• Validate & empower families to make their own informed decisions: Families can feel hesitation and overwhelm when making decisions related to COVID-19, particularly due to factors like institutional racism, historical inequities, negative experiences with medical establishments, and misinformation. We can support families by validating their struggles and concerns while simultaneously assuring that they have our support and providing credible information about COVID-19 safety protocols and vaccines.
    • Consider aspects like accessibility (languages, physical and digital formats), distribution (voice messages, videos, meetings, etc.), and a digestible, positive format when sharing information (colors, visuals, music, simple terms, etc.).

Happy Mixed Race Ethnic Family Walking In The Park Wearing Medical Face Mask.

Managing Second-Hand Trauma

What is second-hand trauma?

Second-hand trauma, or secondary traumatic stress, is the emotional stress that an individual can experience after hearing about another person’s traumatic experience(s).  This means that for many helping professionals, like child care providers, hearing about a child or families’ traumatic experience can negatively impact their own emotional well-being.  The stress that results from hearing about another’s trauma can ultimately lead to feelings of burn-out and anxiety, making it difficult to meet the needs of the children in our care.

What are some signs of second-hand trauma?

According to The National Child Traumatic Stress Network (NCTSN) some signs of second-hand trauma include:

  • Hypervigilance – extreme alertness or increased sensitivity to your surroundings
  • Inability to embrace complexity
  • Anger and cynicism
  • Fear
  • Physical ailments
  • Guilt
  • Hopelessness
  • Inability to listen, avoidance of children and/or families
  • Sleeplessness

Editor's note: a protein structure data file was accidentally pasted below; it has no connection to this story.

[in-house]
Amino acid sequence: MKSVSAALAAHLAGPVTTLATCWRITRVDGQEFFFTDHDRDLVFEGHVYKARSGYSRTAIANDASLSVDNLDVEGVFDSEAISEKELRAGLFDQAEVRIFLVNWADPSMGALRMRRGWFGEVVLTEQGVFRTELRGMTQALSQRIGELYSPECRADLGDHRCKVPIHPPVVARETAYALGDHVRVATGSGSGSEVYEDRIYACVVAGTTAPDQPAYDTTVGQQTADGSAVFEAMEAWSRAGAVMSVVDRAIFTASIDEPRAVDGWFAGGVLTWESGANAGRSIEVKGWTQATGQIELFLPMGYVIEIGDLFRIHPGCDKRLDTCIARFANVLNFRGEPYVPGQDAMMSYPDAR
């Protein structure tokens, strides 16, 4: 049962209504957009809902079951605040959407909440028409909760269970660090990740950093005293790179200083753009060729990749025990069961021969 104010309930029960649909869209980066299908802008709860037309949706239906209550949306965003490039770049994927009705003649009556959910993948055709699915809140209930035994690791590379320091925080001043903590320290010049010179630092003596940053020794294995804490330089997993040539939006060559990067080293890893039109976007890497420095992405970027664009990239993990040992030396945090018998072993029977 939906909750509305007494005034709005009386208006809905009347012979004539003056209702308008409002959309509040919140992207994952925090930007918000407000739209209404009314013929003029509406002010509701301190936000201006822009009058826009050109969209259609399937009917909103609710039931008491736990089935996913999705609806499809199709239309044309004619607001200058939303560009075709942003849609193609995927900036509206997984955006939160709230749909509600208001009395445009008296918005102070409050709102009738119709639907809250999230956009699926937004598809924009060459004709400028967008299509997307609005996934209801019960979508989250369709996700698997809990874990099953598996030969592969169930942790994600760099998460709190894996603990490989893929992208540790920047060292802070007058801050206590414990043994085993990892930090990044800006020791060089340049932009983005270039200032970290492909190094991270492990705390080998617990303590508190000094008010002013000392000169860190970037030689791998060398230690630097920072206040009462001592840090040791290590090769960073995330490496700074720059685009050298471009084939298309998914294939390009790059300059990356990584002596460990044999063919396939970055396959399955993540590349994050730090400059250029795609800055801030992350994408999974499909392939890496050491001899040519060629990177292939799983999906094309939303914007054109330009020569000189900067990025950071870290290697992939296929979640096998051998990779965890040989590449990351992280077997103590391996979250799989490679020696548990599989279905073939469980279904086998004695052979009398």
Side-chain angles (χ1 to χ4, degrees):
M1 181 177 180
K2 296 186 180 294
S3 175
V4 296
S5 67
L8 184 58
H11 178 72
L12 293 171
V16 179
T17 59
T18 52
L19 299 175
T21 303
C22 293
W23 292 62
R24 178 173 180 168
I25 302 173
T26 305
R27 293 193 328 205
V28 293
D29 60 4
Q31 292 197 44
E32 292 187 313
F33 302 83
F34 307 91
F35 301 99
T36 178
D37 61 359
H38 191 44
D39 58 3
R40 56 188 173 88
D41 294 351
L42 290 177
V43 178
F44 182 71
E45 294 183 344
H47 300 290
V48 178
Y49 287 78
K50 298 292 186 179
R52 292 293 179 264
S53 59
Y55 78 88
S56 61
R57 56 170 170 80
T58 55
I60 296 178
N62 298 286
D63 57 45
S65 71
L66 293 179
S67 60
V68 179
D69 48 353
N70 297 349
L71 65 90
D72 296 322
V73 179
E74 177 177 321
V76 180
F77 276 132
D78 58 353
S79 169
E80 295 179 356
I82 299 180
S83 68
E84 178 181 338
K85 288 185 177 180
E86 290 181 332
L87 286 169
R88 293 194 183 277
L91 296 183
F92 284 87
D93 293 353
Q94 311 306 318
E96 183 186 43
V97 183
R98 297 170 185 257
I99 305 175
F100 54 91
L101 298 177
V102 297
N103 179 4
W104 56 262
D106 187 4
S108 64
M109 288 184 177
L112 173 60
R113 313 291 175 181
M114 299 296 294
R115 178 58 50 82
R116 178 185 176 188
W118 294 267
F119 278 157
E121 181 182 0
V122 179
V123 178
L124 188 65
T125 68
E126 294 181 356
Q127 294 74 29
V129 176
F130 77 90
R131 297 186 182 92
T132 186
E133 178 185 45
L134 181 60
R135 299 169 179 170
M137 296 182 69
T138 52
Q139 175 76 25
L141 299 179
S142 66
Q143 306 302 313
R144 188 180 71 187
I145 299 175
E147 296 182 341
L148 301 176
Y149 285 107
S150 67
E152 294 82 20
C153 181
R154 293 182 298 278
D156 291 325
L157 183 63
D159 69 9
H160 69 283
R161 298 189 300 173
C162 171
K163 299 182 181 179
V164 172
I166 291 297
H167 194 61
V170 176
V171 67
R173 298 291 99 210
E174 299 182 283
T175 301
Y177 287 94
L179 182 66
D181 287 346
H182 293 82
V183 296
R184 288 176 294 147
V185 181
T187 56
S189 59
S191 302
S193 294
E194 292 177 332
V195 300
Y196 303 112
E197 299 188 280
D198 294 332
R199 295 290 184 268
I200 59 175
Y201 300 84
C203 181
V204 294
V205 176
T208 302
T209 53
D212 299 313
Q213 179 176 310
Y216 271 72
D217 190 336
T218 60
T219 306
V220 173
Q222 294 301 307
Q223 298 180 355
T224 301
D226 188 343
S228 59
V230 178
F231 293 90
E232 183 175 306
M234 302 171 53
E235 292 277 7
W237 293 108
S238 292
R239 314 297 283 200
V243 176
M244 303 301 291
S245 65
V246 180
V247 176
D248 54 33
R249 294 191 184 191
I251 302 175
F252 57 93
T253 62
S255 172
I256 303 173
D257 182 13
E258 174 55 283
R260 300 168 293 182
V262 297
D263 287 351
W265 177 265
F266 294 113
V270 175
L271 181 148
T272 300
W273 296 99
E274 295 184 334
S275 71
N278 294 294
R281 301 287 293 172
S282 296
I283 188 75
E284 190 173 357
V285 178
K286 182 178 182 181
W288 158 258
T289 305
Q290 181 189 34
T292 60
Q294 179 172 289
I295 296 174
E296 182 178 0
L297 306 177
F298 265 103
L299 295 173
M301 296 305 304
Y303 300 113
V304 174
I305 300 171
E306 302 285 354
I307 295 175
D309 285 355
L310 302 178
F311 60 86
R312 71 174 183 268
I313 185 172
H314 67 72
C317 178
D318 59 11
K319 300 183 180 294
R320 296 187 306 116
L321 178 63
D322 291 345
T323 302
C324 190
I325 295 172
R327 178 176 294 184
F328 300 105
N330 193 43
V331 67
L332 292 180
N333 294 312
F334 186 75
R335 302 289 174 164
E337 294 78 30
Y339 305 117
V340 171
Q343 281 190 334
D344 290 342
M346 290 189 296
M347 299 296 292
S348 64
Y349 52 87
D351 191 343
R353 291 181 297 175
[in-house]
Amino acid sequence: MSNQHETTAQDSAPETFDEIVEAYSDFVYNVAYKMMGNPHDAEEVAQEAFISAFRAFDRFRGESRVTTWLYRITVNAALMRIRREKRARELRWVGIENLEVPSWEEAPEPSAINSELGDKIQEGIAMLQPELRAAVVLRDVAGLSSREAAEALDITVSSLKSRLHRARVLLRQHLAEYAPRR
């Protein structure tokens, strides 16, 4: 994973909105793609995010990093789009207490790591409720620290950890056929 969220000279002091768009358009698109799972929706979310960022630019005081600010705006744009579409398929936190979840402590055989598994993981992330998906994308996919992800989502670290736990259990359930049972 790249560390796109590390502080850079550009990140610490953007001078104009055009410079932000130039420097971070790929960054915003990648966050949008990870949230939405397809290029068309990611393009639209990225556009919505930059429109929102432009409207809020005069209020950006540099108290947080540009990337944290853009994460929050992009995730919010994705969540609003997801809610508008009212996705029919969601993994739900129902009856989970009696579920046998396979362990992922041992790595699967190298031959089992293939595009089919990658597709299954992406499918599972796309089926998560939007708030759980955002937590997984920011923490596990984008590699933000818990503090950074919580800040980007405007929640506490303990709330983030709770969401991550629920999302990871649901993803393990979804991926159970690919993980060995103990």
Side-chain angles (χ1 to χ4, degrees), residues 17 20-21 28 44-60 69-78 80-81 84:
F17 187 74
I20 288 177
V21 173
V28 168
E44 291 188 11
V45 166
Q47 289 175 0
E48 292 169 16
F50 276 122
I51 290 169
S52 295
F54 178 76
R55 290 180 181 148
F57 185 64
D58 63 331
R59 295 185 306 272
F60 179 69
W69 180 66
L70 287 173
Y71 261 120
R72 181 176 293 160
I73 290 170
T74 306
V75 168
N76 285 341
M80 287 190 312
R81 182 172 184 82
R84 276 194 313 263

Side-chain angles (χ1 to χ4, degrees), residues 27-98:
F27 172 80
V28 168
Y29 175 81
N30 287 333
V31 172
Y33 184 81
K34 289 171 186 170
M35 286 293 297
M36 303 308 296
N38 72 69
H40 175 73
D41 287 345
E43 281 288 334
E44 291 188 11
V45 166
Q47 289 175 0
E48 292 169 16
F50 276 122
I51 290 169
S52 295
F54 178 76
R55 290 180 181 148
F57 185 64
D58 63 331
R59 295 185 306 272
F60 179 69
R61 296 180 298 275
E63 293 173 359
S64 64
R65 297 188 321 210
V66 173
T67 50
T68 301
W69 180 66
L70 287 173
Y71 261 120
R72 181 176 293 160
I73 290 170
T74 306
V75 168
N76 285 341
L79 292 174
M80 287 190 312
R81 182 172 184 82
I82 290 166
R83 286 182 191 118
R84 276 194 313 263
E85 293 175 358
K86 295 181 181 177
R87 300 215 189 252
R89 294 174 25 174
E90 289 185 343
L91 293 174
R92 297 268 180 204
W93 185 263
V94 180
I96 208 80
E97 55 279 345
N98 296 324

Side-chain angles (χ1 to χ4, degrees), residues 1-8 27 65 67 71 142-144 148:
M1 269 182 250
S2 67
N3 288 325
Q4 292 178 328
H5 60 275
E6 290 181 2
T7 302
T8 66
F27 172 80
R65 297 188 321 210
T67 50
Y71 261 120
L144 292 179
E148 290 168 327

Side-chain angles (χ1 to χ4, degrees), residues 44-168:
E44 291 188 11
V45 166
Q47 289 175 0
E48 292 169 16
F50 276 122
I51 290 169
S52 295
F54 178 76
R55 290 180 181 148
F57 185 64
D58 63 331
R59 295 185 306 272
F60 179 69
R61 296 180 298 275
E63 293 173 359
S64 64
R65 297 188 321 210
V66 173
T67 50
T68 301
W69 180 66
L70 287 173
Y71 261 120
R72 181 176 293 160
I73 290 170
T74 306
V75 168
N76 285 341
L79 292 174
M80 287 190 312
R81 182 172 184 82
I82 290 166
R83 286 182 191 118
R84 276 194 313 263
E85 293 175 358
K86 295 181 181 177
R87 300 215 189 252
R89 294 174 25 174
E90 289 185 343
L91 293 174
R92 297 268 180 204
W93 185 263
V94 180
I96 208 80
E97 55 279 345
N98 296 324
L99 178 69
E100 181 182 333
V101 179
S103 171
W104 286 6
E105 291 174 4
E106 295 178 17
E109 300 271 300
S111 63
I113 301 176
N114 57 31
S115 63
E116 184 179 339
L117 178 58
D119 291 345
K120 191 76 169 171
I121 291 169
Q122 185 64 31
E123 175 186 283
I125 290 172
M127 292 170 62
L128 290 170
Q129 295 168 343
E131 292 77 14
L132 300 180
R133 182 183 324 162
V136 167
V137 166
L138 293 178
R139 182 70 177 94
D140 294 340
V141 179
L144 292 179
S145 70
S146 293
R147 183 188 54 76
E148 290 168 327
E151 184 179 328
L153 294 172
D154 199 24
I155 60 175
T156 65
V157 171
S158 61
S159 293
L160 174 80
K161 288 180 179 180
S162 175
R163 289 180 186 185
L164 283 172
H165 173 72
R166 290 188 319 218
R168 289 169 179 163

• Chronic exhaustion
  • Minimizing

It is important to note that the symptoms of second-hand trauma tend to mimic post-traumatic stress disorder (PTSD), which results from directly experiencing, or witnessing first hand, a traumatic event. If an individual is experiencing extreme symptoms (as shared in the linked NCTSN resource), they should seek professional support and consider sharing this information with a trusted supervisor.

To prevent these symptoms and second-hand trauma, it is important for child care providers to stay mindful of their overall well-being and engage in strategies that promote self-care.

What is self-care?

Self-care is the ability to help others without sacrificing your own well-being.  Self-care is not a one-time “treat” that we give to ourselves only after a particularly challenging day or event.  True self-care is a proactive approach to one’s own well-being that is regularly engaged in and mindfully planned in advance. Making the time to take care of yourself, allows you to better support the children in your care. Two ways you can promote self-care are (1) practicing self-compassion, and (2) holding your boundaries.


There are three key components to self-compassion. These include:

  1. Self-Kindness and UnderstandingIt is important to be kind to yourself, especially during times of pain and what we might consider “failures”.  Telling ourselves that experiences of personal pain are not “a big deal”, or constantly criticizing ourselves for things we “could have done better”, causes stress and is the opposite of self-care.
  2. Viewing Suffering as Common to HumanityExperiencing pain and suffering is a common human experience – embracing this perspective can prevent us from feeling isolated during times of loss.  When we experience suffering directly, it is important to remember that we are not alone in this experience and make sure to reach out to share our loss with a trusted friend or family member.